Identification of candidate cerebrospinal fluid biomarkers in parkinsonism using quantitative proteomics

Good work by Nadia... it was a huge amount of work to gather samples from so many patients... but of course this is really important. You need large numbers to capture the heterogeneity in the diseases. It's been said many times but biomarkers for all of these diseases are desperately needed. This work is definitely a positive step in that direction...

Parkinsonism Relat Disord. 2017 Jan 31. pii: S1353-8020(17)30030-5. doi: 10.1016/j.parkreldis.2017.01.016. [Epub ahead of print]
Magdalinou NK, Noyce AJ, Pinto R, Lindstrom E, Holmén-Larsson J, Holtta M, Blennow K, Morris HR, Skillbäck T, Warner TT, Lees AJ, Pike I, Ward M, Zetterberg H, Gobom J.

INTRODUCTION: Neurodegenerative parkinsonian syndromes have significant clinical and pathological overlap, making early diagnosis difficult. Cerebrospinal fluid (CSF) biomarkers may aid the differentiation of these disorders, but other than α-synuclein and neurofilament light chain protein, which have limited diagnostic power, specific protein biomarkers remain elusive.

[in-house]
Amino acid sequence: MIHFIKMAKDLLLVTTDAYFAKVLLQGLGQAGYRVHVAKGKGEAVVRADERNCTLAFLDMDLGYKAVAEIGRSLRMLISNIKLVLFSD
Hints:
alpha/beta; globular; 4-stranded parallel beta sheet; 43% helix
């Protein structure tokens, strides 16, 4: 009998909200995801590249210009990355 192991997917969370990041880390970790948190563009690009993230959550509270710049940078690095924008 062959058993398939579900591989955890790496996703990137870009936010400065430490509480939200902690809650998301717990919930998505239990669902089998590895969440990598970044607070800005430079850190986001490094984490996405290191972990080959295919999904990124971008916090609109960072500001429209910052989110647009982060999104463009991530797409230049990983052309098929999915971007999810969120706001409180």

OBJECTIVES: To study disease mechanisms and identify possible CSF diagnostic biomarkers through discovery proteomics, which discriminate parkinsonian syndromes from healthy controls.

METHODS: CSF was collected consecutively from 134 participants; Parkinson's disease (n = 26), atypical parkinsonian syndromes (n = 78, including progressive supranuclear palsy (n = 36), multiple system atrophy (n = 28), corticobasal syndrome (n = 14)), and elderly healthy controls (n = 30). Participants were divided into a discovery and a validation set for analysis. The samples were subjected to tryptic digestion, followed by liquid chromatography-mass spectrometry analysis for identification and relative quantification by isobaric labelling. Candidate protein biomarkers were identified based on the relative abundances of the identified tryptic peptides. Their predictive performance was evaluated by analysis of the validation set.

RESULTS: 79 tryptic peptides, derived from 26 proteins were found to differ significantly between atypical parkinsonism patients and controls. They included acute phase/inflammatory markers and neuronal/synaptic markers, which were respectively increased or decreased in atypical parkinsonism, while their levels in PD subjects were intermediate between controls and atypical parkinsonism.